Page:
Challenging times

Despite the many issues facing the UK wine industry – the most recent being the arrival of the potentially damaging and uncompetitive new duty reforms – McKenna is confident the UK still remains a key market for premium producers to be in.

“The UK is the Olympics of the wine industry. It has the best buyers, the best operators, the best journalists. So the quality has to be there to succeed here.”

It is also one of the few countries that has a truly global wine offer with influences and opportunities for producers anywhere in the world. Where wine education is seen as a real badge of honour within the trade and outside.

Market conditions, though, are currently tough and the combination of high inflation and low economic growth is not ideal for those operating in premium wine.

“The duty changes are going to come as a shock to consumers and the trade will suffer, but again that is when strong brands with a clear message that are imbedded in the market and have a clear positioning are in the best position. We need to make sure we rally around those pillars of our portfolio that are more price resistant,” he explains. “We are not looking to chase volume.”

Brands that have “fixed price points that are a core part of the brand’s identity are going to have difficulty,” with the new duty reforms, says McKenna.

It means the conversation it is having with potential producers is not about price, but what they can offer the UK wine market that it currently does not have.

Which is why the experience in the New Generation team is crucial, says McKenna, pointing to the leadership of co-founder, James Booth, right through the sales team and marketing and brand development headed up by Valerie Lewis, who herself has a strong background working with producers having spent many years at Enotria&Coe and Negociants UK. A team spread across London and across the country with regional managers covering wholesalers and local independents.

South Africa’s Vinimark, that owns half of New Generation Wines, has been able to grow and develop its business and those of its South African producers – like here at Boekenhoutskloof – thanks to its strong ties to the UK

All deliveries and duty paid stock is handled by LCB, which is well placed to handle the majority of its sales in and around London.

Whilst its sales may predominantly be around the capital, New Generation Wines works hard with its producers to make sure they visit and get to experience life and their customers around the country. Johan Reyneke, for example, was able to do a number of tastings across Yorkshire on hisrecent visit to the country.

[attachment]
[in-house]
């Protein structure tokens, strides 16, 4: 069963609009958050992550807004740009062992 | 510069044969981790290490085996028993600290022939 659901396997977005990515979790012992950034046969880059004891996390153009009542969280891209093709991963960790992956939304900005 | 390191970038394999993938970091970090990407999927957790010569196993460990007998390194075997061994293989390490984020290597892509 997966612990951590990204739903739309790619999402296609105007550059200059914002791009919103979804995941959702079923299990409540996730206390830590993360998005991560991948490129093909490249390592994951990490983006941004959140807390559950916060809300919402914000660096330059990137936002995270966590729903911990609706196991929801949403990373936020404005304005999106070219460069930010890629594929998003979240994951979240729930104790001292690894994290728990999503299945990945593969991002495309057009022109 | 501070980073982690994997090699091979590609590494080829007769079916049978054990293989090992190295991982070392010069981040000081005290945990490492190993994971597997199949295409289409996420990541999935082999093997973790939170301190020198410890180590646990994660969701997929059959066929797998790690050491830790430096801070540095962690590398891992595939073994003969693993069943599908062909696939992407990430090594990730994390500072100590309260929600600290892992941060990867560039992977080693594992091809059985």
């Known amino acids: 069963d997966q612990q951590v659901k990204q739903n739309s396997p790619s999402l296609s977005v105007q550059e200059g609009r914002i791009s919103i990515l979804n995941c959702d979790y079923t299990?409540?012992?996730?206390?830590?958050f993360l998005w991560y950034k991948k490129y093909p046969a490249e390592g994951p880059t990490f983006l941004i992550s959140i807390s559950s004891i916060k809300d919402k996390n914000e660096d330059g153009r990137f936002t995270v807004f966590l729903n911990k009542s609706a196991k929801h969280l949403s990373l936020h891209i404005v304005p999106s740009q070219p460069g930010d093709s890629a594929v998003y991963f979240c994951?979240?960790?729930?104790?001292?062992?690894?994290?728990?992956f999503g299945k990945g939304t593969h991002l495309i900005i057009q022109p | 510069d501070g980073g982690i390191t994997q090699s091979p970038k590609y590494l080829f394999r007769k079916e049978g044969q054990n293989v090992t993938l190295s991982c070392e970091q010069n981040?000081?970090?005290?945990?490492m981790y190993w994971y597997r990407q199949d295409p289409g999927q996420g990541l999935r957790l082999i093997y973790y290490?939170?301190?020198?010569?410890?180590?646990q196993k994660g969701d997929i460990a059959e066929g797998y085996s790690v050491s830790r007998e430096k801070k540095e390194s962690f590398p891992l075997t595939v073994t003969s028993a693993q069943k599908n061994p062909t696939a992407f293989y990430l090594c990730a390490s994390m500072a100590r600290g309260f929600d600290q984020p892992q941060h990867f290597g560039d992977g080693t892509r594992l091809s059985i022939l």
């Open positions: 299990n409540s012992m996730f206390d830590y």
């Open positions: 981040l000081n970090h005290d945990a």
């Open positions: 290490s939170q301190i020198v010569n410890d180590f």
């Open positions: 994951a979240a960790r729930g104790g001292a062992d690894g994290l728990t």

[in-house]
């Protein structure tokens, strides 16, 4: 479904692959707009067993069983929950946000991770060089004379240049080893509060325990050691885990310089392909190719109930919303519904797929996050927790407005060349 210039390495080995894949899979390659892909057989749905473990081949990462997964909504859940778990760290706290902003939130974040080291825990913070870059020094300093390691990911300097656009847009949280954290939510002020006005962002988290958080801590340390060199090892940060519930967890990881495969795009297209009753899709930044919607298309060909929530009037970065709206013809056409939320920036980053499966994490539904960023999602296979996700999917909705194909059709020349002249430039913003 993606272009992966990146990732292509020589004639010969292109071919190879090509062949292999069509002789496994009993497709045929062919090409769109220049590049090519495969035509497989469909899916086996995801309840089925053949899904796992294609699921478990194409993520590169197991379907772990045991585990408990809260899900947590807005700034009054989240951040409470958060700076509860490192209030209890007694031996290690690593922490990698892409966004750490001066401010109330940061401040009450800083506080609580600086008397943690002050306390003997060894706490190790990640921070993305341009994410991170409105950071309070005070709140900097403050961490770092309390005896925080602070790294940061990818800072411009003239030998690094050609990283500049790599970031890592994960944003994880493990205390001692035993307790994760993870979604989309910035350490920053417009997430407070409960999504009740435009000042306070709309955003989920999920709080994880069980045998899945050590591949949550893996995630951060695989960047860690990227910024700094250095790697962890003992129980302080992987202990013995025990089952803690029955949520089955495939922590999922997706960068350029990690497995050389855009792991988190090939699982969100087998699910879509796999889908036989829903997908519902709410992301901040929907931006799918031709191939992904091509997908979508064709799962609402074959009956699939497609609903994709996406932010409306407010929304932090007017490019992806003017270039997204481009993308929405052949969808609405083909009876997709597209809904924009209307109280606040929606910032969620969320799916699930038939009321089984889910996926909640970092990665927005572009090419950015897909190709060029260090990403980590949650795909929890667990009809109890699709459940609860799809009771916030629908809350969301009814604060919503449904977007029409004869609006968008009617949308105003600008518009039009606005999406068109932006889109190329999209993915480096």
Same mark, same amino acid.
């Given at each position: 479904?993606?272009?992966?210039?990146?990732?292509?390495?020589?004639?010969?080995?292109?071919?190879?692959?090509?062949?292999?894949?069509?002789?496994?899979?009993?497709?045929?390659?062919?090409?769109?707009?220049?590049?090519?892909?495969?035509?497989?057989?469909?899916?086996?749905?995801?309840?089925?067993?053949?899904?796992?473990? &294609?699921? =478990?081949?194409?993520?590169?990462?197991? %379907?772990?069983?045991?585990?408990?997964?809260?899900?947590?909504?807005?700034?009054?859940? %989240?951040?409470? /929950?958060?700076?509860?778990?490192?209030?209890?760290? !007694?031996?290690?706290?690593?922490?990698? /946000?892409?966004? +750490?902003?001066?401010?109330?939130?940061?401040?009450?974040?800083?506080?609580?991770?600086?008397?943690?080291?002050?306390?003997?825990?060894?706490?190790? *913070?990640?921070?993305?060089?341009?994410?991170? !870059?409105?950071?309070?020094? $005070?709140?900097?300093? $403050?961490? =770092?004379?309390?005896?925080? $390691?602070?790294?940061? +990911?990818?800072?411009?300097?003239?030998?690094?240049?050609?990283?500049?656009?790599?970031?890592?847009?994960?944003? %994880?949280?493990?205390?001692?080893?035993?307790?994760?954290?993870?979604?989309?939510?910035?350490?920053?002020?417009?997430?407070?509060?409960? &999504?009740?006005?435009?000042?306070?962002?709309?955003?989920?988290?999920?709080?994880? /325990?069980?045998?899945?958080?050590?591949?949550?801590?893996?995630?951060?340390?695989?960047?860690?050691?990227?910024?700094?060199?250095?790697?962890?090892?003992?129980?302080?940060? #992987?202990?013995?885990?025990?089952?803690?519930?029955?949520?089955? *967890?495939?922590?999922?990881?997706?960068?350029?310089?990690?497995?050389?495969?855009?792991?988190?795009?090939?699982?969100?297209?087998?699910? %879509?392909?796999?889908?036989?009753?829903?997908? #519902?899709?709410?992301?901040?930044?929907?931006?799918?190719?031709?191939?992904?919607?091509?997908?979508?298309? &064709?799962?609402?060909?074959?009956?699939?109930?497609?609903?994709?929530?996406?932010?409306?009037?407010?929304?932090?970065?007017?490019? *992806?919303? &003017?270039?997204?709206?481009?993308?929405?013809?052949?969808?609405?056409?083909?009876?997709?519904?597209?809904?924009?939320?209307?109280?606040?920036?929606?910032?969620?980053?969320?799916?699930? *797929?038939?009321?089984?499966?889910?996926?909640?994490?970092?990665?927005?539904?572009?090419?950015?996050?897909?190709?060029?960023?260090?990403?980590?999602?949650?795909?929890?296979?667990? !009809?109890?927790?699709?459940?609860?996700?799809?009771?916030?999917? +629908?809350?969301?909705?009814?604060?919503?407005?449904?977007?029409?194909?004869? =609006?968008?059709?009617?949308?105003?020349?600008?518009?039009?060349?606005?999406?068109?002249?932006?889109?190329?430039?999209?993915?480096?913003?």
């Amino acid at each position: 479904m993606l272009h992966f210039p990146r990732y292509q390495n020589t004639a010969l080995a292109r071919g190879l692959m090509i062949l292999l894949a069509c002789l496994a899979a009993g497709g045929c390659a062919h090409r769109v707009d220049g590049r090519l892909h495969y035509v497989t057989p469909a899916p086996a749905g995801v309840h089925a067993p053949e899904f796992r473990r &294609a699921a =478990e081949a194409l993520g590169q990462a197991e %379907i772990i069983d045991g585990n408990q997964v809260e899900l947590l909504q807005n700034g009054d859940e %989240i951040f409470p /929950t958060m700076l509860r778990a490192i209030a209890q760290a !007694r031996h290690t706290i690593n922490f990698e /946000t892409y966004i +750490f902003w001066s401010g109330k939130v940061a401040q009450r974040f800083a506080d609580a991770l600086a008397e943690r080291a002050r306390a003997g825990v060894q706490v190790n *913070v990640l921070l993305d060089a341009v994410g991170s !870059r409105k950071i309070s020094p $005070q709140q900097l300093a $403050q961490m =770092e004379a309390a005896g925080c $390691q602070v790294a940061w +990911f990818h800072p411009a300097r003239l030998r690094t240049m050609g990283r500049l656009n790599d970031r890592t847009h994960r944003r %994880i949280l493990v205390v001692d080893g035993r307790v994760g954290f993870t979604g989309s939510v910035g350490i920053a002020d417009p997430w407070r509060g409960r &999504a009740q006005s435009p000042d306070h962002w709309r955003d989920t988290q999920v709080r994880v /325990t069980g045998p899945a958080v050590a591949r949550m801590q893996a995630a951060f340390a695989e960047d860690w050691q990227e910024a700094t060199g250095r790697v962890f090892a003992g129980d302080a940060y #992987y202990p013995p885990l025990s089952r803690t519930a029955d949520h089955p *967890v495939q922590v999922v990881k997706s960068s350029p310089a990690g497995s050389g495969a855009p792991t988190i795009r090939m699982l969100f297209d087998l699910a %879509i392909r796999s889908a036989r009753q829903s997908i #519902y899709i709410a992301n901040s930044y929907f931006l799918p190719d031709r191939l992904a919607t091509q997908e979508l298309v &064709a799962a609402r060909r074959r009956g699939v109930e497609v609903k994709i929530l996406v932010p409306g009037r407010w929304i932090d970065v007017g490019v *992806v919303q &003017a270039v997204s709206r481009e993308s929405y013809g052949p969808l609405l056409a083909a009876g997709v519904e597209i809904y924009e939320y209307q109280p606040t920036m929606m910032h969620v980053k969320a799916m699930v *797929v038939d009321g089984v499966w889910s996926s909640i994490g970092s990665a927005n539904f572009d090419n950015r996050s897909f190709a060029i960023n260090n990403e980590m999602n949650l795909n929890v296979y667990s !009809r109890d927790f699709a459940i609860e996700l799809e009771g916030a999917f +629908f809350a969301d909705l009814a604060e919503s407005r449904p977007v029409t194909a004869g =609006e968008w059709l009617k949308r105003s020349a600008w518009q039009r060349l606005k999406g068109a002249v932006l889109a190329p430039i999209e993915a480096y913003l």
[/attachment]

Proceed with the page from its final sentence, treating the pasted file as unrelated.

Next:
“It’s very good for business and also very much part of what we want to do,” says McKenna.

Management style

McKenna’s likes to think his personal management style is to work with and engage all members of staff with the same goals, drive and passion. He admits that can be hard with a small team based around the country – he himself splits his time between the head office in south London and his family home in York.

He admits he has taken a lot from the management approach at Mentzendorff and from the other businesses he has worked at. “I really respect Mentzenforff, for example, for how they manage iconic brands.”

Which is why so much of what New Generation is about comes back to its brands and how they can help build them. Instead of doing a major portfolio tasting, it now prefers to focus in on a particular producer or brand and centre a tasting around them “so that we can control the brand building messages we want to say”.

“We are finding we can do smaller, focused events far better that is also far more compelling for people to come to than a big generic tasting. That is the way we can get to the key people in the industry. Ultimately, this way of working offers a more intimate insight into the producer, anchoring to people and place in a more resonant way.”

Small and focused pretty much sums up the New Generation Wines way of doing things and why it is attracting interest and demand from producers and customers as a result.